If you want a cheap(ish) PS3 with a sizable hard drive, you better snap one up quick - come August, the 80GB SKU lands and tolls the bell for the previous high-end machine.

Not that any of this matters to those of us in Europe anyway - we're not getting either the price cut or the 80GB machine!

HD DVD consortium declares premature victory in Europe

The European HD-DVD group has announced rather misleading figures that show the format's market dominance in several European countries. According to their statistics, Blu-ray only makes up 1/4 of the high-definition market in Europe.
HD DVD video players have outsold rival standard Blu-ray players by a three-to-one margin in Europe's main markets so far this year, according to a lobby group.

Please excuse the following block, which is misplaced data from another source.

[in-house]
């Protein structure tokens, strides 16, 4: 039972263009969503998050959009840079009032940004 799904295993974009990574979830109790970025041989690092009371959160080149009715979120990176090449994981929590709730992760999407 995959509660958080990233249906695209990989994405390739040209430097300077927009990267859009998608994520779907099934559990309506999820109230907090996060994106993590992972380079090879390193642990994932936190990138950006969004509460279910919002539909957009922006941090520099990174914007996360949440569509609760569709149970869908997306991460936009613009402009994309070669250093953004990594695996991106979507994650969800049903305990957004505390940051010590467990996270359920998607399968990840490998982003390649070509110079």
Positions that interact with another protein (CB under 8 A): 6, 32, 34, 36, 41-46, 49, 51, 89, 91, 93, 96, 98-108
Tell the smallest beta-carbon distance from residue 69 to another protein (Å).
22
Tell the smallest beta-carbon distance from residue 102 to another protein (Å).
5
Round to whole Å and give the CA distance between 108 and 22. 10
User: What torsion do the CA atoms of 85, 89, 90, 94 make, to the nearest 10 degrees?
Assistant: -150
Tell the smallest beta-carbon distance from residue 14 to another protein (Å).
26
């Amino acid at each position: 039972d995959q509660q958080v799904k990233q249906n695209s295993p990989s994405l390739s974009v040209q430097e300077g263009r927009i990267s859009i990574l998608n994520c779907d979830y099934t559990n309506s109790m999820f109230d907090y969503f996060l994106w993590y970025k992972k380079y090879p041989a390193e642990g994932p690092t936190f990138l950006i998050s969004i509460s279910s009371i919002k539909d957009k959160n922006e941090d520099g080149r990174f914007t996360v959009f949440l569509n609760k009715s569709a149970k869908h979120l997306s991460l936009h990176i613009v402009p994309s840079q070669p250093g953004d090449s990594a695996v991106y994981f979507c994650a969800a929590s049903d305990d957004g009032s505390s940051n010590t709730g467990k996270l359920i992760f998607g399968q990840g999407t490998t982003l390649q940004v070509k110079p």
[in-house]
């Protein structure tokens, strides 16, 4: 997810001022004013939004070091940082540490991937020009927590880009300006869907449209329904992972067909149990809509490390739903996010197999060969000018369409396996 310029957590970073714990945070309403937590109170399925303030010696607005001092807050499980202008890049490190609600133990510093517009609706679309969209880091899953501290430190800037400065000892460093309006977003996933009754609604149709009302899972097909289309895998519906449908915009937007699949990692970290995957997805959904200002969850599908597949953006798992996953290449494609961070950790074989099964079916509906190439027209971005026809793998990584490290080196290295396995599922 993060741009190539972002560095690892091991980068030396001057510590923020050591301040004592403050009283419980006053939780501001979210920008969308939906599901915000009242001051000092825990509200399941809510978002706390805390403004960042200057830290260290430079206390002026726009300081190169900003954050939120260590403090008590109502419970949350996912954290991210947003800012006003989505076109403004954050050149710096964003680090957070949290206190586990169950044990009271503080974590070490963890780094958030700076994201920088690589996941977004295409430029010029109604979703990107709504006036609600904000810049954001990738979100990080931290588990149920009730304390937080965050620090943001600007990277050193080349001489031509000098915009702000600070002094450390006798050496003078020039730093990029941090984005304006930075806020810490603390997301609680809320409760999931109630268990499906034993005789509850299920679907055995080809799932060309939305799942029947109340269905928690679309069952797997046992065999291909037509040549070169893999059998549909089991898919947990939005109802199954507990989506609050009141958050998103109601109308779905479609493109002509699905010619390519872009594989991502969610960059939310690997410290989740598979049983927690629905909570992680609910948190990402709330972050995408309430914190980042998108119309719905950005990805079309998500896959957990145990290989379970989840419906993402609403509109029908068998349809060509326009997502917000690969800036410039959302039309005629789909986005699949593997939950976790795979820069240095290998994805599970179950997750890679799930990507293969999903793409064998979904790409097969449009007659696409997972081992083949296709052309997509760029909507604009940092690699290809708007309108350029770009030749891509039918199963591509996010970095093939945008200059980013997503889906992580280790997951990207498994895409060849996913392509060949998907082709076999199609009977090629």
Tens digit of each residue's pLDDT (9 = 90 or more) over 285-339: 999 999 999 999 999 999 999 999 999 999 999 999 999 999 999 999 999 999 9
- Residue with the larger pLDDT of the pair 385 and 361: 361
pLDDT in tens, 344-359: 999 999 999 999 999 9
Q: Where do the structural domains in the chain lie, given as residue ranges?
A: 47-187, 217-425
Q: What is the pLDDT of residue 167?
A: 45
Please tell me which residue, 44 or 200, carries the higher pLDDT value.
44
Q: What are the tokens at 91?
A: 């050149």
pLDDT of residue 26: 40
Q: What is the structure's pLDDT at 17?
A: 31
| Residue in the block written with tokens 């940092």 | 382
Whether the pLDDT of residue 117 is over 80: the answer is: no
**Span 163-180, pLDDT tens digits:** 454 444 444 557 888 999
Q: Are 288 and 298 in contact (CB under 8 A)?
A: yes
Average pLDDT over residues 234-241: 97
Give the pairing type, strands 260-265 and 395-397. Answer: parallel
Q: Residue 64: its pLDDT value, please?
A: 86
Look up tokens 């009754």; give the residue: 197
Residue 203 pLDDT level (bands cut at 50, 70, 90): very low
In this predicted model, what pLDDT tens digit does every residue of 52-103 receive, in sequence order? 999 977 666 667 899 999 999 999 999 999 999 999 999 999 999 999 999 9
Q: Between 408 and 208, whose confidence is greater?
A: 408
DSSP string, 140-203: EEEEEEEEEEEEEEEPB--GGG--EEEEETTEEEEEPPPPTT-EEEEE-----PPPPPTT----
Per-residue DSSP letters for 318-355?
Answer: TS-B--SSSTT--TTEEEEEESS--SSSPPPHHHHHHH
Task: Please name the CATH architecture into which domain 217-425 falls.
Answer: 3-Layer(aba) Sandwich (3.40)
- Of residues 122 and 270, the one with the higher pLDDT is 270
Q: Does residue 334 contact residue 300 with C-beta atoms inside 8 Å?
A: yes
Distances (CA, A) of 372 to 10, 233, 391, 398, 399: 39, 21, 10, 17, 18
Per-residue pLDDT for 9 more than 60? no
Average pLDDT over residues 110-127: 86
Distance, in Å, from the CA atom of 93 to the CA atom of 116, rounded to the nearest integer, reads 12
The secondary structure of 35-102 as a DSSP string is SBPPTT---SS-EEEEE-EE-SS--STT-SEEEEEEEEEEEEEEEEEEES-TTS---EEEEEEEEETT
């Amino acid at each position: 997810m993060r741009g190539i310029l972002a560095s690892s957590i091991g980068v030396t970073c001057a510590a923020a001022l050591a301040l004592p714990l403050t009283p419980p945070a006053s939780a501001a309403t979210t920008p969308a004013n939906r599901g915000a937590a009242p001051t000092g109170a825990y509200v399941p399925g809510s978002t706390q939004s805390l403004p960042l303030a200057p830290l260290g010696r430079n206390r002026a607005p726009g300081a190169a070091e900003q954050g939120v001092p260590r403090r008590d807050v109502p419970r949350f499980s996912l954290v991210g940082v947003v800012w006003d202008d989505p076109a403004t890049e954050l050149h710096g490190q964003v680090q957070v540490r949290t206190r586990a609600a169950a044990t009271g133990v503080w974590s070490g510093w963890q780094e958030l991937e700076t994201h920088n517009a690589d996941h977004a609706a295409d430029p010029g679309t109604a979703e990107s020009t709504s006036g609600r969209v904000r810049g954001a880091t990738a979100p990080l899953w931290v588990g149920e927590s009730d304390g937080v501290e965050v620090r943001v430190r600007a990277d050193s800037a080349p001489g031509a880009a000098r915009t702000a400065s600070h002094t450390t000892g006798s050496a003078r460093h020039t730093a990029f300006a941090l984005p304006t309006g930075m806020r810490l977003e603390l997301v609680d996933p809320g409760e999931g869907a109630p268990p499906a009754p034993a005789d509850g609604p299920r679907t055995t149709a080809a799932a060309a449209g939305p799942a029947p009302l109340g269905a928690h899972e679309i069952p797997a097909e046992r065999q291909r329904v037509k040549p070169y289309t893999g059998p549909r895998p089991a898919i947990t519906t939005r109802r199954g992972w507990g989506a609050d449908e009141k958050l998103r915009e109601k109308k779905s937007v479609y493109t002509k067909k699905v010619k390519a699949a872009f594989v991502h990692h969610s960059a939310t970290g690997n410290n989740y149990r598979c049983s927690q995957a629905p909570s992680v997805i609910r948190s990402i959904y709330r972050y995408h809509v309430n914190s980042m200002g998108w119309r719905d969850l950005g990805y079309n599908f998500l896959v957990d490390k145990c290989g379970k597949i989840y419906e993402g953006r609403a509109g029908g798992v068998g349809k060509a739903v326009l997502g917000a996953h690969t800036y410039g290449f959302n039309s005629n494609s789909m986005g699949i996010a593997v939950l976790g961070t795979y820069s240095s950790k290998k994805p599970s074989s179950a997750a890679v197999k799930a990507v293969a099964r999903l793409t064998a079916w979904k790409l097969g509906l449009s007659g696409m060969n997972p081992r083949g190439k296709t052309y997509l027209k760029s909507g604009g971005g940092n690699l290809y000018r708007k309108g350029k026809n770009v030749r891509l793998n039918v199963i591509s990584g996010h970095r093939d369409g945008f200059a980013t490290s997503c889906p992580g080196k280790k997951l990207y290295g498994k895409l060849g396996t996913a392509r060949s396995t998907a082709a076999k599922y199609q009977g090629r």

The European HD DVD Promotional Group claimed it had 74 percent market share in Britain, Germany, France, Italy, Spain and Switzerland for stand-alone players
Which all seems very open-and-close, until you read the fine print.

The figures for Blu-ray didn't take into account Sony's PlayStation 3 - only stand-along players for both formats were included. One commenter on the Engadget story about this annoucement points out (not sure where the figures came from) that if you include the sales of the PS3 and the Xbox360 add-on in the French figures through April, HD-DVD jumps from 2,600 to 10,000 while Blu-ray goes from 800 to 108,000.

The HD-DVD group declined to give any specific numbers of HD players shipped in their statement, and on top of that, Blu-ray discs are still selling significantly more copies than their HD-DVD counterparts.